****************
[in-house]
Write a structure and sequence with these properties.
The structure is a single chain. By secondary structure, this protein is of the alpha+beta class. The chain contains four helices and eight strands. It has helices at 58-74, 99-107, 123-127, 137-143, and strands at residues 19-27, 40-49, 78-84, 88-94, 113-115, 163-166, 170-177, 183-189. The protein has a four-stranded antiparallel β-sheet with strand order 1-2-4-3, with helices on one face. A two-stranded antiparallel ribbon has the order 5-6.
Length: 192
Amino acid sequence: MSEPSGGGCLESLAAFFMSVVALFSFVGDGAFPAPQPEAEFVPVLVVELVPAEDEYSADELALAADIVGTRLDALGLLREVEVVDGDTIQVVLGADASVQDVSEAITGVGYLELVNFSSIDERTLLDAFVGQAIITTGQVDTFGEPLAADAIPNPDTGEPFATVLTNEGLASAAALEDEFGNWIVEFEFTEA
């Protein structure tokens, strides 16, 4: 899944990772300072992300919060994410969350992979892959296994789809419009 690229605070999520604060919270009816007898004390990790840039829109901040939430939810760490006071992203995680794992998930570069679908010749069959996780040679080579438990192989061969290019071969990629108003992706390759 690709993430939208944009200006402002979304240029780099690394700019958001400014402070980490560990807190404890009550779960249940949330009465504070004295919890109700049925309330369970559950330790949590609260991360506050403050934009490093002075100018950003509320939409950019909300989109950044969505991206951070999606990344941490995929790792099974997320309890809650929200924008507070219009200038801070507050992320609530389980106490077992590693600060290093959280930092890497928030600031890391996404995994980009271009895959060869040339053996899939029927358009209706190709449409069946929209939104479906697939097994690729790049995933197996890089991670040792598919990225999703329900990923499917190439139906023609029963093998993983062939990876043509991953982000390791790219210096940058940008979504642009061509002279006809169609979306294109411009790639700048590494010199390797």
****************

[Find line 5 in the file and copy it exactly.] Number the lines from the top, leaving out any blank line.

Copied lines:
Amino acid sequence: MSEPSGGGCLESLAAFFMSVVALFSFVGDGAFPAPQPEAEFVPVLVVELVPAEDEYSADELALAADIVGTRLDALGLLREVEVVDGDTIQVVLGADASVQDVSEAITGVGYLELVNFSSIDERTLLDAFVGQAIITTGQVDTFGEPLAADAIPNPDTGEPFATVLTNEGLASAAALEDEFGNWIVEFEFTEA